(The title has nothing to do with the post; I’m just listening to that CD right now, and enjoying the hell out of it. Every time my faith in rock falters, an album like this comes out.)
You know, we’re almost halfway through the Tea Debacle now? We are. Do you find that exciting? Mostly, it’s like a whip to the backside to me, when I realize I’m not as far as I want to be, and I haven’t gotten enough done. Fortunately, that’s a standard feeling in everyone’s life, so I’m not going to go on and on about it. It just occurs to me.
Winning aside — and it’s quite a big aside — my main goal in the Debacle is to have begun, and then to finish, The Nondescript. This is for a number of reasons. For the first, this book marks a major turning point in the whole entire fabric of my life, and as soon as I can figure out how to talk about it without sounding confused, elitist, and possibly crazy, I’ll explain what I mean (though it’s probably evident, watching the shift of how I’ve talked on this blog, over the course of the year). For the second reason: We need the money. Boy oh boy. And before you step up to point out to me, quite rightly, that writing and selling books is a poor way to make any reliable money at first, l can assure you that I’ve been doing this long enough to know that. But to apply a metaphor to it: When you’re floundering in the ocean, you grab the first piece of wood you find and hang on. You don’t stop to consider how well it floats. It’s a light at the end of the tunnel, and it keeps back the Long, Dark Tea Time of the Soul and the perpetual fear that I’m going to wind up working in a tire factory, grow old, and die and never manage anything.
Anyway, that’s the sum total of anything like angst which I might have. I’m terribly cheerful. For one thing, The Nondescript is going well, and I’m having the best time writing it, and I know without doubt that these are the best words I have ever put down on paper. Whether they’re actually good compared to any other standard isn’t up to me, but I feel like I’m doing good work. I’m also doing slow work. It comes sweet and easy, but slow. It’s thick text. Plus, I feel like I’ve never written before. My writing habits and tricks have entirely deserted me (and that’s fine; I have a suspicion they were just chains on my legs, while I’m floundering in the above mentioned ocean. Screw ’em.)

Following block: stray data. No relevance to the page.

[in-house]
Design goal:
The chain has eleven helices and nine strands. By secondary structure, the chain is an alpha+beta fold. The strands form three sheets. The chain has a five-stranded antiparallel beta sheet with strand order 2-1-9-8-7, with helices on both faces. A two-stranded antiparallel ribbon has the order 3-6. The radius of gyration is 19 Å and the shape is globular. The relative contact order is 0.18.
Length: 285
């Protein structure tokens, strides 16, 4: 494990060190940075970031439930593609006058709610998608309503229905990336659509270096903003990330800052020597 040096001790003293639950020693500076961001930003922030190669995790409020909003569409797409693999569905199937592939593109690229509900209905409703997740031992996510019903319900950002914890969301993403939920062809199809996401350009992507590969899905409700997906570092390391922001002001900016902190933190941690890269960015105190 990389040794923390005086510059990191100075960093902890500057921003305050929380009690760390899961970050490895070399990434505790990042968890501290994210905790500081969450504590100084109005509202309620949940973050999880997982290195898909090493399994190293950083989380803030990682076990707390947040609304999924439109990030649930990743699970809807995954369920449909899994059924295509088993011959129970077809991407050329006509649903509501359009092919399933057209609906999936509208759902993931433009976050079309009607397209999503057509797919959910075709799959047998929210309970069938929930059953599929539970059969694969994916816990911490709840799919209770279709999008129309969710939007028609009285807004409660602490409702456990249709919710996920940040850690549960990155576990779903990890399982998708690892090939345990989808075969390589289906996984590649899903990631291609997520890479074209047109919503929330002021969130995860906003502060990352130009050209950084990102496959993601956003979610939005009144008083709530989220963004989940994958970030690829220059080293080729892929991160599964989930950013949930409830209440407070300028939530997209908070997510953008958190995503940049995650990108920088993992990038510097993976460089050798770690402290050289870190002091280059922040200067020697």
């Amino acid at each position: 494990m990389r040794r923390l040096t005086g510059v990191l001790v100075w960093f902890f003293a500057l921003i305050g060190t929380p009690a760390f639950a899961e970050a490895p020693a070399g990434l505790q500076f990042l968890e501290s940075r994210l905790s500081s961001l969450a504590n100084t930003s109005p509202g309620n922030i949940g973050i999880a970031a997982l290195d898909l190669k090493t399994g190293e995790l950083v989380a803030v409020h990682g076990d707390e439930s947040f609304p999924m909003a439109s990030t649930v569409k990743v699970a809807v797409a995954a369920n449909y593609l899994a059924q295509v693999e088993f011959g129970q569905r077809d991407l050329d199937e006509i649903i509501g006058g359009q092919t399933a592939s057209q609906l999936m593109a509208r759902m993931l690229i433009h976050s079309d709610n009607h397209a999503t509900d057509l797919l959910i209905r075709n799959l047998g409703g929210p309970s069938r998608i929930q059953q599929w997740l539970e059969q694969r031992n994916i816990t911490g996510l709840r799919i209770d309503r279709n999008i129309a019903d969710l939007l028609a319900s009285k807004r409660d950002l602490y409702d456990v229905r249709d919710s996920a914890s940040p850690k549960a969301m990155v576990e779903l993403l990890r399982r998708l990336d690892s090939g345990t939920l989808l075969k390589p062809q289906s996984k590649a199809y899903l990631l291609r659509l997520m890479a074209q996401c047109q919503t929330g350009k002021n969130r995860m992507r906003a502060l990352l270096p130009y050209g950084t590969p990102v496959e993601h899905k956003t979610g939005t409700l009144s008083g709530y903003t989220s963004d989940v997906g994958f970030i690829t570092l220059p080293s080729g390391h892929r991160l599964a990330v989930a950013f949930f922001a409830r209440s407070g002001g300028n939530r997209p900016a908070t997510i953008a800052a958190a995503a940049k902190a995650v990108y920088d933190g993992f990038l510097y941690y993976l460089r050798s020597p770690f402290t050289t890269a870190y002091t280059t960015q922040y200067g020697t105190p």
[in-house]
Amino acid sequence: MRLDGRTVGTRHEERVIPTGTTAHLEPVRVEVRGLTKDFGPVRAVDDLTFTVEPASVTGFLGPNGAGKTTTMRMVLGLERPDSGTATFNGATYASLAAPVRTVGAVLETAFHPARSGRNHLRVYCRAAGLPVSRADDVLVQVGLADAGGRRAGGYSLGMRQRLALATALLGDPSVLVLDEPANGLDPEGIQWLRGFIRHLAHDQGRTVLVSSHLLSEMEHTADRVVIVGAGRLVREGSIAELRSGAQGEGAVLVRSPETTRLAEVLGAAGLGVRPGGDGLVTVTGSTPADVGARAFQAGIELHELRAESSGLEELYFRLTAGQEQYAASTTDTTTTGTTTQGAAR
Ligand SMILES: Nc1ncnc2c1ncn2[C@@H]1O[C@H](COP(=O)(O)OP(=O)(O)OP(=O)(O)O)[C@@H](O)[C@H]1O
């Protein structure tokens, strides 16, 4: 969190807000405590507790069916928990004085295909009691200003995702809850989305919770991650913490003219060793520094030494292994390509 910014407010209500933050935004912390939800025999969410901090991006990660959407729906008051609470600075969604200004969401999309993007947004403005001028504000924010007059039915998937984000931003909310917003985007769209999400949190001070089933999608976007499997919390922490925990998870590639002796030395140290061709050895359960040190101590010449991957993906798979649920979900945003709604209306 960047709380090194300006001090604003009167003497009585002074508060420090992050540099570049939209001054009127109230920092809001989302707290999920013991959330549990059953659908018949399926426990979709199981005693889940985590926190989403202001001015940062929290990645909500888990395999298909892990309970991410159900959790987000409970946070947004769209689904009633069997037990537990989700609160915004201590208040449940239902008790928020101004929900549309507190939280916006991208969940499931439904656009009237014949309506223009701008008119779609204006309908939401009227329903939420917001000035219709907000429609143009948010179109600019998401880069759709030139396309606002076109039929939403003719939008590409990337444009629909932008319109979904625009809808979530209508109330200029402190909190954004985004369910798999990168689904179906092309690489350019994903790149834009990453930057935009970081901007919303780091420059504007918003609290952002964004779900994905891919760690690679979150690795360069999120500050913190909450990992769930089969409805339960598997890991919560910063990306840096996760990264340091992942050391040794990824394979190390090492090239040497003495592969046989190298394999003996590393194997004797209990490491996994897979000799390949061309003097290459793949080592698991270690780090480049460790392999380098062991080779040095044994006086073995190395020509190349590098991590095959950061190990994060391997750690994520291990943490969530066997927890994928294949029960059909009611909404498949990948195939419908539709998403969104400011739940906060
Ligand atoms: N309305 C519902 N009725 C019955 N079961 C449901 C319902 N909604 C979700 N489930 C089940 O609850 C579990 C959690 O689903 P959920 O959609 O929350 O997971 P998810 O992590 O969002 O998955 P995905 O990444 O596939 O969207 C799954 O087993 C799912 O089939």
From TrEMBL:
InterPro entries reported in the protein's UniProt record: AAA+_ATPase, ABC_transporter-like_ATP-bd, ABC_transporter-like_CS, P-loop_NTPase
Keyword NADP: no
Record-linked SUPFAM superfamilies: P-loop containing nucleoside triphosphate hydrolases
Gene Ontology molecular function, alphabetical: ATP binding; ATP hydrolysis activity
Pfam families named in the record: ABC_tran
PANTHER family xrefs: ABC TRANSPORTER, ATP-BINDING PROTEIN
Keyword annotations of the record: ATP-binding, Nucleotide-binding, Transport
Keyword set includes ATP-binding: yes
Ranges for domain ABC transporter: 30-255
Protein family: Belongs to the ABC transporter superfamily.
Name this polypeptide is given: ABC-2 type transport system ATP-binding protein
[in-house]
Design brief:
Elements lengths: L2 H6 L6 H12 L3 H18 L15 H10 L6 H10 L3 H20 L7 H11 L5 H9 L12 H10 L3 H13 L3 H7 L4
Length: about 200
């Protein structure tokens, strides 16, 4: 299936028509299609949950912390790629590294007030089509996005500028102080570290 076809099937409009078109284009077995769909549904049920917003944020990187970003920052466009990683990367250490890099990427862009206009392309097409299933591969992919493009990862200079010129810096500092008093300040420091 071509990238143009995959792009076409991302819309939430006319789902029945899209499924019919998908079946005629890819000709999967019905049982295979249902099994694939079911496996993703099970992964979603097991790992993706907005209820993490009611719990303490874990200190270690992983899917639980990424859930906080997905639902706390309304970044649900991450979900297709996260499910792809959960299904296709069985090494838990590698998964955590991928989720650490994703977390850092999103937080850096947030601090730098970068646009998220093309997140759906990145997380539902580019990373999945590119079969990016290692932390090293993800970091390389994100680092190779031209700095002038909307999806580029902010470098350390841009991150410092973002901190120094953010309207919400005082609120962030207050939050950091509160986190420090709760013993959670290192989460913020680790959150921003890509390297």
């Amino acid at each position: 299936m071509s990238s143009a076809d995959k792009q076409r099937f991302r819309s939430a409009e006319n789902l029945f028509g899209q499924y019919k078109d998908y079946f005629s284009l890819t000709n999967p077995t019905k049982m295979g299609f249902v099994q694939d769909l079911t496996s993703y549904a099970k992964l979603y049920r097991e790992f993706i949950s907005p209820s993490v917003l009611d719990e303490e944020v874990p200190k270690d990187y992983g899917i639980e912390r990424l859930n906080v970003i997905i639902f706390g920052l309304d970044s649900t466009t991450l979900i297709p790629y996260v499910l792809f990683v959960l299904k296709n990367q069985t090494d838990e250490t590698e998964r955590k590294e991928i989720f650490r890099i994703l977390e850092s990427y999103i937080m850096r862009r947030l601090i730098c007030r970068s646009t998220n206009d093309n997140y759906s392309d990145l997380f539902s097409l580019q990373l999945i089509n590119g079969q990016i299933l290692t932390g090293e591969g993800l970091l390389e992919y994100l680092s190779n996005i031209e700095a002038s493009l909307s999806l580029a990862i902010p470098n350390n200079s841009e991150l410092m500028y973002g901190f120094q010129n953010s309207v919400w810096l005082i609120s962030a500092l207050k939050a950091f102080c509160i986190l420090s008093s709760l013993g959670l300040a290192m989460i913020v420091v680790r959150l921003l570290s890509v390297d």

My wife and I have been going through boxes which we have in storage, the past couple of days. Mostly, just to make more room, Lord knows we need the space. Partially because I want to condense the boxes in the storage room enough that I can then put our boxes of stored books in there (there’s about twelve of them at the moment, Lord knows we could fill at least eight or nine more, and still have books on the shelves).
This is fun, because we get to throw old crap away, always invigorating. But especially cool for me was the sheer amount of office supplies of mine which I discovered.
4 reams of printer paper, 1 ream of legal printer paper, 6 untouched and unused legal notepads, 12 70-page notebooks, 1 5-subject notebook (I adore these. I just bought a new one, a week or so back. Now I have two!). About eighteen wonderful pens. 1 fountain pen I forgot I owned. 2 Clipboards. And a box full of old stories and serial work. Take all the old stories and serial episodes and stack them, you get a stack around a foot tall, maybe more. And that’s just one box. I know I have two more boxes, in the storage room, with my stuff in them.
It was nice. It was like a wild spending-spree in Office Depot, with the sheer amount of stuff I now have. It makes me happy. Maybe that makes me a really sad person, to get that excited over office supplies, but poo on you.
Lori posted a link, and an article about it, awhile back on her blog. She talked about the Writers’ Rooms page, over at The Guardian. But do you know that they update, sporadically and without announcement, but they do update? They do. I visit the site more than I’ll admit in public. here’s the link, go check out the new additions, then come back later and maybe find more.
Also from the Guardian, this article on the proposed discontinuation of hardcover books. I’m not sure what I think of it yet, and I do think that the pictures the author of the article paints is a bit bleak (but not necessarily inaccurate, for all that). Personally, I find hardcover books to my preferred format. I like the bigger size, I find it easier to hang onto, and easier to read. Pocket books don’t fit in any of my pockets, so that doesn’t do me any good. But, as much as the article sort of bugs me…I realize that without hardcovers, I’d just buy more trade paperbacks, which satisfy the same desire as hardcovers for me.
Sick of Guardian links yet? I hope not. Because here’s a terrific page about why authors write, and what started them on it.
And last, but foremost among its fellow links: A Gene Wolfe podcast interview from Balticon, from 2006. Gene Wolfe is one of my heroes of writing, not to mention as a human being. I think that, if I can land somewhere between Gene Wolfe, Les Stroud, Mike Rowe, and Neil Gaiman, then I’ll do okay. In particular, listen at the end to his advice for writers. He is very wise.
There you go. Now, I’m going to go write some fiction novel!